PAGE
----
Guest essay by Eric Worrall
Australia’s green conservatives are panicking that after years of political vilification, coal businesses are abandoning their plants, leaving a gaping hole in Australia’s baseload power reserves.
Guest essay by Eric Worrall
AGL digs in on coal plant closure as Turnbull government warns of ‘colossal failure’
Nicole Hasham James Massola
SEPTEMBER 6 2017 – 2:38PM
Energy giant AGL has issued a further snub to the Turnbull government, insisting it does not plan to sell its ageing Liddell power station nor keep it open beyond 2022.
In a statement to the Australian Stock Exchange on Wednesday, AGL said it was committed to closing the NSW coal-fired power station – Australia’s oldest operating coal plant – as planned.
But power company Delta Electricity has indicated it could be interested in buying the plant, subject to price and the cost of upgrading the station to keep it running.
Prime Minister Malcolm Turnbull on Wednesday said the government was still in talks with AGL over the future of Liddell and it was too early to say if the government would give financial incentives to a new owner of the plant.
A report from the nation’s energy market operator on Tuesday warned urgent action was needed to prevent blackouts on hot summer days. In response, Mr Turnbull said his government wanted to delay the closure of Liddell, in NSW’s Hunter Valley, for at least five years.
It is slated to close in 2022, which AGL says is the end of the plant’s operating life.
The AEMO report on Australia’s dispatchable power shortfall, which mentions the AGL Liddell plant by name;
The NEM is not delivering enough investment in flexible dispatchable resources to maintain the defined target level of supply reliability, as the transition from traditional generation to variable energy resources proceeds. This was vividly illustrated by the load-shedding events of February 2017 and by the Finkel Review analysis. Most stakeholders see changes to market rules as the most economically efficient way to remedy this deficiency. AEMO forecasts of NEM demand and published investment plans confirm the urgency of this task and short-term measures will be necessary until a long-term solution is agreed and becomes fully effective.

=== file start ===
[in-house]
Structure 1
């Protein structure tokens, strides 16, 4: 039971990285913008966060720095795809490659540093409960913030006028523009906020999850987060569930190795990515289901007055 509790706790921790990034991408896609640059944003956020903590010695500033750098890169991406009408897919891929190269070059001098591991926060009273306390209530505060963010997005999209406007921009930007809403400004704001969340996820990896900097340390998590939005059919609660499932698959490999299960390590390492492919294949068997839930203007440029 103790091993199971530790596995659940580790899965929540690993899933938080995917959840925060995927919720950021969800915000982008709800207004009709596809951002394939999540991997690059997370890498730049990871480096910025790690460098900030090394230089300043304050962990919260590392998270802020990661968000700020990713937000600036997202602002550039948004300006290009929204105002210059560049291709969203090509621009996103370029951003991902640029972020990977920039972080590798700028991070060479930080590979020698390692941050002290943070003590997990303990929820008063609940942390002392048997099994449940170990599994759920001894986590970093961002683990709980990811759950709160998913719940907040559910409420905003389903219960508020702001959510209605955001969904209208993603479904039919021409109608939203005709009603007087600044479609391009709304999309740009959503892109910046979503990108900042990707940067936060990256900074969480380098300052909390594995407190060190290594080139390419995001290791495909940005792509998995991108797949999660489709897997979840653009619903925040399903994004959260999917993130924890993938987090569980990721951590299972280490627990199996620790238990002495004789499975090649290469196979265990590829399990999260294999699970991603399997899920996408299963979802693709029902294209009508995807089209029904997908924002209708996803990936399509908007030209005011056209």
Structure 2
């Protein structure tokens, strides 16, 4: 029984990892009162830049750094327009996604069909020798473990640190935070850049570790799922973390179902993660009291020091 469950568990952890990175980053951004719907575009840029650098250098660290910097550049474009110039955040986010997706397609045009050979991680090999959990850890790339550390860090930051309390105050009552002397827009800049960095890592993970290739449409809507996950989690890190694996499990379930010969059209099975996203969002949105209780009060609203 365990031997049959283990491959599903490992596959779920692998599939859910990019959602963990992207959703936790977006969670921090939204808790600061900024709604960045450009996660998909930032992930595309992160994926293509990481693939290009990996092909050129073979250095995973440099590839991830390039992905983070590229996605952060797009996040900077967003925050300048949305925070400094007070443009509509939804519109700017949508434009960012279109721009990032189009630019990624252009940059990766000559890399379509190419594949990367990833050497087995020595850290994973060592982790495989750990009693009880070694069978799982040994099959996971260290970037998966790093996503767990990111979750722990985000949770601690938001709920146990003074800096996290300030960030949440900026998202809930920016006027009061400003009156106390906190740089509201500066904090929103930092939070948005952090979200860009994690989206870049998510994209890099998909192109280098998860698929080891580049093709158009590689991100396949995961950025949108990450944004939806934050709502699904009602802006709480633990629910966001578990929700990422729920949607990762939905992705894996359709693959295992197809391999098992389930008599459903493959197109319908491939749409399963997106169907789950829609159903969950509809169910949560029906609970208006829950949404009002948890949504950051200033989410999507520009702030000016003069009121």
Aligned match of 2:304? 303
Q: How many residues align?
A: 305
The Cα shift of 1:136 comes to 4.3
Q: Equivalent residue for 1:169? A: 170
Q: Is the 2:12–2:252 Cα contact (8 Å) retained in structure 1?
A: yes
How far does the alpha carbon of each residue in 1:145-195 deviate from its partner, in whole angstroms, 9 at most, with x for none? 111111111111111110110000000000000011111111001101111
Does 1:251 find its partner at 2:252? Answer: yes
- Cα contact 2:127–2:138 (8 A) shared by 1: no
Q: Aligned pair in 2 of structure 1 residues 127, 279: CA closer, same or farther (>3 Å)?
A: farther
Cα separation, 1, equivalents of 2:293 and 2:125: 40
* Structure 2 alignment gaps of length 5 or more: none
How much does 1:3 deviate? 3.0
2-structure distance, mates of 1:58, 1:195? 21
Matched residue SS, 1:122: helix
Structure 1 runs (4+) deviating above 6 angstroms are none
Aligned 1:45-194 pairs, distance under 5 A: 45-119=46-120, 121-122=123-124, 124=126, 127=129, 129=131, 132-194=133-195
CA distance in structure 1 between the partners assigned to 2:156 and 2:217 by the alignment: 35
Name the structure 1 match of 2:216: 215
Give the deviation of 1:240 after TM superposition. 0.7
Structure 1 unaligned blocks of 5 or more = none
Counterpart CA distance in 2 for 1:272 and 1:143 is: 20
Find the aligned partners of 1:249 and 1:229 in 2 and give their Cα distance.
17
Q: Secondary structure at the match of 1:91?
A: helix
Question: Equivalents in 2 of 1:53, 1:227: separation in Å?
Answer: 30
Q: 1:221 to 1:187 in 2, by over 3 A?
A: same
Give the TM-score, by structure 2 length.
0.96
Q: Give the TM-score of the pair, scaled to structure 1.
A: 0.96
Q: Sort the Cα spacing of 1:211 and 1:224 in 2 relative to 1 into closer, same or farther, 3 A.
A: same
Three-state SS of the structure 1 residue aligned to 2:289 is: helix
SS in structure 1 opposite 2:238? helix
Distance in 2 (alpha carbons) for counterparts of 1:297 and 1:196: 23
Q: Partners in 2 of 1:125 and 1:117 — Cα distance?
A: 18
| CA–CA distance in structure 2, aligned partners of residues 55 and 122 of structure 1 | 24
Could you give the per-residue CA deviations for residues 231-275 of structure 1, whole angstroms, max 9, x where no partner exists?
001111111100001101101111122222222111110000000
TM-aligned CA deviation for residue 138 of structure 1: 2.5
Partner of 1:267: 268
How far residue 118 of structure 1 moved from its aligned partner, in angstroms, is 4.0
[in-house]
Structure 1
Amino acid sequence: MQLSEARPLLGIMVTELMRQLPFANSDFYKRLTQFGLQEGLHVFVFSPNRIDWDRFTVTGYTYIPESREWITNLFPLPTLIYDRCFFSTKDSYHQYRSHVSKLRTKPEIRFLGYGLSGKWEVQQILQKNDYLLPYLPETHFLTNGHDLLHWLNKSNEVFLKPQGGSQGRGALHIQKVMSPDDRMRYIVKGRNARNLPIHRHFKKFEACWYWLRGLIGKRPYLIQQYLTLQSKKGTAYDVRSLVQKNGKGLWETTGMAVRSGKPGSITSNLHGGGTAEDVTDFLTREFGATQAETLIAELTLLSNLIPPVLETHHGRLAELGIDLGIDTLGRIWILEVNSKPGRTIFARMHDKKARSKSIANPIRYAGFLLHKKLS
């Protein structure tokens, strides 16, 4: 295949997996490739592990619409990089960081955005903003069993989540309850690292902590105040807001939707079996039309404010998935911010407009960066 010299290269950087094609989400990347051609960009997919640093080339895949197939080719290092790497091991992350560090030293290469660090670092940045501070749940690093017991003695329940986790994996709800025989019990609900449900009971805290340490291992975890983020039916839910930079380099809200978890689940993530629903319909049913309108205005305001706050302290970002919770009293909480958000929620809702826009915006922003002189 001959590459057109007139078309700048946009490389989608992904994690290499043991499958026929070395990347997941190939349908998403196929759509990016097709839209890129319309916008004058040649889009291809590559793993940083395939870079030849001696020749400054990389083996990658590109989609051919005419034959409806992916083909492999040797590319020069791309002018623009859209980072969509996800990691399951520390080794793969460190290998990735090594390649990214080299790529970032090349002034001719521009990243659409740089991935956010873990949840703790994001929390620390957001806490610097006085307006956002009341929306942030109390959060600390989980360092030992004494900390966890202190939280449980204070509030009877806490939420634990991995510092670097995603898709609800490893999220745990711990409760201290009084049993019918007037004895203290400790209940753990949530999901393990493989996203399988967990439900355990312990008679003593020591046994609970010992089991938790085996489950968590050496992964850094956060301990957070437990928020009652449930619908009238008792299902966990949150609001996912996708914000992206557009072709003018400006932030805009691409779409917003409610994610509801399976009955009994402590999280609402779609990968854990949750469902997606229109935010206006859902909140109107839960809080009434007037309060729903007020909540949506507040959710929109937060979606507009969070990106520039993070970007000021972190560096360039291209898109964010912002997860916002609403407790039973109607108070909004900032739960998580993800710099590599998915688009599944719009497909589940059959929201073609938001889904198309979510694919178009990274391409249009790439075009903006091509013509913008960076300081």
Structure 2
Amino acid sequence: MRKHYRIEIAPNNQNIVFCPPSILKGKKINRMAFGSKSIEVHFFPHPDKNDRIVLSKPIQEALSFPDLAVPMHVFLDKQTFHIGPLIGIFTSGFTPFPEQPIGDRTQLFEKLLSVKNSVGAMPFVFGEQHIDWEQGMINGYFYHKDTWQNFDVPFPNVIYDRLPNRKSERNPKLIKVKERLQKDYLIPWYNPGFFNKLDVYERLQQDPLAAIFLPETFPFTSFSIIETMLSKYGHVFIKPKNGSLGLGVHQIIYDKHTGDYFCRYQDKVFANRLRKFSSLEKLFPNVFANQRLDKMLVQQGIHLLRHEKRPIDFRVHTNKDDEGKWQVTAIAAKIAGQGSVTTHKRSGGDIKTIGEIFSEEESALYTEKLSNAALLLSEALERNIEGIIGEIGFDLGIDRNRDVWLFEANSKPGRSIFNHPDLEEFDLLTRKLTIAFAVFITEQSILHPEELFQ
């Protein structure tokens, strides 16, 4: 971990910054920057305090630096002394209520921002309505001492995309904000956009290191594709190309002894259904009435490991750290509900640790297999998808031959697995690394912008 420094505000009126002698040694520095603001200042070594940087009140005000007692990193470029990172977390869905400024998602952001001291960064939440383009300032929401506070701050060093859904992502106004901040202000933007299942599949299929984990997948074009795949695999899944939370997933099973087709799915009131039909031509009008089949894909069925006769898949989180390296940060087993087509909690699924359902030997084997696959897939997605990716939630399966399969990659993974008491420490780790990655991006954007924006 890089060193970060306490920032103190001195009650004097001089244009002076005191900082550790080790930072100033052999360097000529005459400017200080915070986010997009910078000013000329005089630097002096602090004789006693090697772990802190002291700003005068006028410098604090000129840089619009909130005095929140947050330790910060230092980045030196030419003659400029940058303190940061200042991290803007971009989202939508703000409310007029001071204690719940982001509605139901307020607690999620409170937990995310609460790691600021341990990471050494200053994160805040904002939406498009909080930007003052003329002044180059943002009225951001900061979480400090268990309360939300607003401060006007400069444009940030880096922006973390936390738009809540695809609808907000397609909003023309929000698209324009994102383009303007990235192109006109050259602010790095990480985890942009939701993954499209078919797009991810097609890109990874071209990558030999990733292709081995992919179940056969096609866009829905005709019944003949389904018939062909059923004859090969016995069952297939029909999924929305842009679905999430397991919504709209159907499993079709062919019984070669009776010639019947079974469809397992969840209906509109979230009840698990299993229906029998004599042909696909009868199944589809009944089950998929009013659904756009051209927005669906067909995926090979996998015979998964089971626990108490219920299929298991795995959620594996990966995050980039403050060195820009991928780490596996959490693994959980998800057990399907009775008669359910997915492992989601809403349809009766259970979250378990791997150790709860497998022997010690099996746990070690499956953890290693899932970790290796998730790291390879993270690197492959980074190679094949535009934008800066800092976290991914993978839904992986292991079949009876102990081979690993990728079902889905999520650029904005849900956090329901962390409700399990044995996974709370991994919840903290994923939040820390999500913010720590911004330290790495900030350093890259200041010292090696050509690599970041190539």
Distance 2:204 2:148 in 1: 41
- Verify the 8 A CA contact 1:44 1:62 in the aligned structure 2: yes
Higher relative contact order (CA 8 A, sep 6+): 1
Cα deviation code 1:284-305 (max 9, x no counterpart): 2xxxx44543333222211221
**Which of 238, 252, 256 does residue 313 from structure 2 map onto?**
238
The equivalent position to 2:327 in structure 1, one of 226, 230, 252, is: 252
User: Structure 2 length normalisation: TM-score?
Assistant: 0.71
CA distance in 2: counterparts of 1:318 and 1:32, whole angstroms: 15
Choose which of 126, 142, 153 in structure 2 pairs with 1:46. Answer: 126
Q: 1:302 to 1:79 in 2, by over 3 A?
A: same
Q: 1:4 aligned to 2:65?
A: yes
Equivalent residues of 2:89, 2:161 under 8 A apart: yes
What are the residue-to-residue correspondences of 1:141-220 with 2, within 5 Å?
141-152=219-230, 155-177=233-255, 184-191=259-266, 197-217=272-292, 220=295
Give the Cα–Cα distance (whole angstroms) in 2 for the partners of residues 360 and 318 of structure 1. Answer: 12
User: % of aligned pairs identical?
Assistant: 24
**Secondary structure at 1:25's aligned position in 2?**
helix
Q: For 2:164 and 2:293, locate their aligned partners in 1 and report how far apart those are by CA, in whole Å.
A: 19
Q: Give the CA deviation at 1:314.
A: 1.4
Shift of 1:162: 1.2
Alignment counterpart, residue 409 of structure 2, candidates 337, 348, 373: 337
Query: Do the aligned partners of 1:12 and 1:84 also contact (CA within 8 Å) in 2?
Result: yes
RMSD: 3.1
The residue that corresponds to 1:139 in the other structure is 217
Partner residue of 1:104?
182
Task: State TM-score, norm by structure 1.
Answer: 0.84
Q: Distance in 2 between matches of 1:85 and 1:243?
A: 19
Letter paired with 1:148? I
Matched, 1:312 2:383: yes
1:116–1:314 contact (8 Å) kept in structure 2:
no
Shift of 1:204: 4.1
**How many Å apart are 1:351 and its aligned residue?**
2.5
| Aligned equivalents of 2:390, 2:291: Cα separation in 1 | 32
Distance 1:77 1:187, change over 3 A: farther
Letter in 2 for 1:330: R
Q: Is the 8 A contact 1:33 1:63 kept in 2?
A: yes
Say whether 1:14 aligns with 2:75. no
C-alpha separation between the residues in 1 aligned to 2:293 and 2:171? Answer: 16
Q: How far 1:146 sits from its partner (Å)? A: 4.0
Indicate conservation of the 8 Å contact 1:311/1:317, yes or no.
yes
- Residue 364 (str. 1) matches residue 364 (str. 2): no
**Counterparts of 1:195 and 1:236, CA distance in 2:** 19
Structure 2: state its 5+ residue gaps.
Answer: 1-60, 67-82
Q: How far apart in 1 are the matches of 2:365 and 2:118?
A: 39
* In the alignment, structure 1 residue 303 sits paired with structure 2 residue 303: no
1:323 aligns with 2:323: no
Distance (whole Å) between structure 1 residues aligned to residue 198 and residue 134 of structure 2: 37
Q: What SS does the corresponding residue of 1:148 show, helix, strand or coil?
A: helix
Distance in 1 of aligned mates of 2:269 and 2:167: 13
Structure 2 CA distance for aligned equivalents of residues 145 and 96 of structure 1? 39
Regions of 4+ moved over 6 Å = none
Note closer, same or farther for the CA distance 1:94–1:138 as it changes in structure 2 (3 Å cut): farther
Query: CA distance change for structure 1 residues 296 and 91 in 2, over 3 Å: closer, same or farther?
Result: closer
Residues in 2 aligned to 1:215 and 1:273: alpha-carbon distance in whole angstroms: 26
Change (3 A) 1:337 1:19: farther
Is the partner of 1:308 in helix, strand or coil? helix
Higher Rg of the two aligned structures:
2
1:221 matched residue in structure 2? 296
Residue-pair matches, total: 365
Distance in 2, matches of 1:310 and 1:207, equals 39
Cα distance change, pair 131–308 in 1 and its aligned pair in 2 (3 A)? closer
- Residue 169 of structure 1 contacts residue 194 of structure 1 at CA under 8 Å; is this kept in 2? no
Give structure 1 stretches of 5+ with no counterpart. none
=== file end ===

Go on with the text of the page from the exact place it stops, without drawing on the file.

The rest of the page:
Liddell Power Station retirement: Prior to the retirement of Liddell (announced by AGL to occur in 2022), around 1,000 MW of new investment is expected to be required to preserve reliability of supply in New South Wales (NSW) and Victoria at the NEM standard. Mechanisms should be established in the NEM design to address this, and similar requirements, for the long term.
My impression is AGL simply don’t want to be the bad guys anymore. Thanks to massive government incentives, green energy is far more profitable than coal, so AGL appear to be running down their coal plants and abandoning them. The fact renewables are not a viable replacement for baseload power, the fact the risk of blackouts is skyrocketing, isn’t AGL’s problem; it is a problem for Australia’s overconfident politicians who thought coal plant operators would simply sit there and take the abuse, and the green pseudo-intellectuals who cheered on this political idiocy.